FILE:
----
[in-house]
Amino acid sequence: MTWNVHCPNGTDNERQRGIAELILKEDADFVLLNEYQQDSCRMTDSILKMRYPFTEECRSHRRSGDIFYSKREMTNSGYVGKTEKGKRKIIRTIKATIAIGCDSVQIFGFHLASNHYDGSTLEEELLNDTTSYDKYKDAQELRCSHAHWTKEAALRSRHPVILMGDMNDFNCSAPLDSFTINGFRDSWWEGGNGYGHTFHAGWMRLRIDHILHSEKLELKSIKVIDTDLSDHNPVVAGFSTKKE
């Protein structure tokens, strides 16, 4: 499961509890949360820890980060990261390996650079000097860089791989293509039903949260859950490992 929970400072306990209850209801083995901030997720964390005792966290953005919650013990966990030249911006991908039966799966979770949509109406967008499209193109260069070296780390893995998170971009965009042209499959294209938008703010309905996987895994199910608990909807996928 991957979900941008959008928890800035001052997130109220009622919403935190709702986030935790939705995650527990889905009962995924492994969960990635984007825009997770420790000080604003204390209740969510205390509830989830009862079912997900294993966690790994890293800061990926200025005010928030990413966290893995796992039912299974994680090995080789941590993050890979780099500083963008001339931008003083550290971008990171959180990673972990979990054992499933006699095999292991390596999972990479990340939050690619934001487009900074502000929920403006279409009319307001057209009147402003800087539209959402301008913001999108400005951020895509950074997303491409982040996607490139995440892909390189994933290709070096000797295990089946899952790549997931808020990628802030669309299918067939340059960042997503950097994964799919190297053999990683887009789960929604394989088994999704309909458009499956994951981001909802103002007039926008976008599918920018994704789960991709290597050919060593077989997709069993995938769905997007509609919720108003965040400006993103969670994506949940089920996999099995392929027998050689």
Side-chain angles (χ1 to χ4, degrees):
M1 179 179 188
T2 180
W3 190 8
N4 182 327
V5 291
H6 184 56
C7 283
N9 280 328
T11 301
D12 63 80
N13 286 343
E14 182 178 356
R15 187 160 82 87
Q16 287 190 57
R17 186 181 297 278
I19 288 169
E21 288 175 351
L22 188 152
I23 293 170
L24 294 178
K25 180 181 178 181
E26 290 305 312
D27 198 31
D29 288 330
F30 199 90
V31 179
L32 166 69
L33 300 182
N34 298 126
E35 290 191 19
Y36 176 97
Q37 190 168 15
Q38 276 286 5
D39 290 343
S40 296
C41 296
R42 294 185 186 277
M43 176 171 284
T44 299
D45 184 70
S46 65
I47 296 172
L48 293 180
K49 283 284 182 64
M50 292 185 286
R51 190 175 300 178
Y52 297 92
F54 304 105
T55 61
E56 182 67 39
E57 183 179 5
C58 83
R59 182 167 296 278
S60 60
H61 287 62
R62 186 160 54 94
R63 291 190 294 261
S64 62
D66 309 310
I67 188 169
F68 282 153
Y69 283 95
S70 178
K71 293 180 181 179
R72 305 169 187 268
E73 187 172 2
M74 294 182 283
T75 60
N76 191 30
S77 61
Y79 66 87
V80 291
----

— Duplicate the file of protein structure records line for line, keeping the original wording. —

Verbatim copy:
[in-house]
Amino acid sequence: MTWNVHCPNGTDNERQRGIAELILKEDADFVLLNEYQQDSCRMTDSILKMRYPFTEECRSHRRSGDIFYSKREMTNSGYVGKTEKGKRKIIRTIKATIAIGCDSVQIFGFHLASNHYDGSTLEEELLNDTTSYDKYKDAQELRCSHAHWTKEAALRSRHPVILMGDMNDFNCSAPLDSFTINGFRDSWWEGGNGYGHTFHAGWMRLRIDHILHSEKLELKSIKVIDTDLSDHNPVVAGFSTKKE
């Protein structure tokens, strides 16, 4: 499961509890949360820890980060990261390996650079000097860089791989293509039903949260859950490992 929970400072306990209850209801083995901030997720964390005792966290953005919650013990966990030249911006991908039966799966979770949509109406967008499209193109260069070296780390893995998170971009965009042209499959294209938008703010309905996987895994199910608990909807996928 991957979900941008959008928890800035001052997130109220009622919403935190709702986030935790939705995650527990889905009962995924492994969960990635984007825009997770420790000080604003204390209740969510205390509830989830009862079912997900294993966690790994890293800061990926200025005010928030990413966290893995796992039912299974994680090995080789941590993050890979780099500083963008001339931008003083550290971008990171959180990673972990979990054992499933006699095999292991390596999972990479990340939050690619934001487009900074502000929920403006279409009319307001057209009147402003800087539209959402301008913001999108400005951020895509950074997303491409982040996607490139995440892909390189994933290709070096000797295990089946899952790549997931808020990628802030669309299918067939340059960042997503950097994964799919190297053999990683887009789960929604394989088994999704309909458009499956994951981001909802103002007039926008976008599918920018994704789960991709290597050919060593077989997709069993995938769905997007509609919720108003965040400006993103969670994506949940089920996999099995392929027998050689």
Side-chain angles (χ1 to χ4, degrees):
M1 179 179 188
T2 180
W3 190 8
N4 182 327
V5 291
H6 184 56
C7 283
N9 280 328
T11 301
D12 63 80
N13 286 343
E14 182 178 356
R15 187 160 82 87
Q16 287 190 57
R17 186 181 297 278
I19 288 169
E21 288 175 351
L22 188 152
I23 293 170
L24 294 178
K25 180 181 178 181
E26 290 305 312
D27 198 31
D29 288 330
F30 199 90
V31 179
L32 166 69
L33 300 182
N34 298 126
E35 290 191 19
Y36 176 97
Q37 190 168 15
Q38 276 286 5
D39 290 343
S40 296
C41 296
R42 294 185 186 277
M43 176 171 284
T44 299
D45 184 70
S46 65
I47 296 172
L48 293 180
K49 283 284 182 64
M50 292 185 286
R51 190 175 300 178
Y52 297 92
F54 304 105
T55 61
E56 182 67 39
E57 183 179 5
C58 83
R59 182 167 296 278
S60 60
H61 287 62
R62 186 160 54 94
R63 291 190 294 261
S64 62
D66 309 310
I67 188 169
F68 282 153
Y69 283 95
S70 178
K71 293 180 181 179
R72 305 169 187 268
E73 187 172 2
M74 294 182 283
T75 60
N76 191 30
S77 61
Y79 66 87
V80 291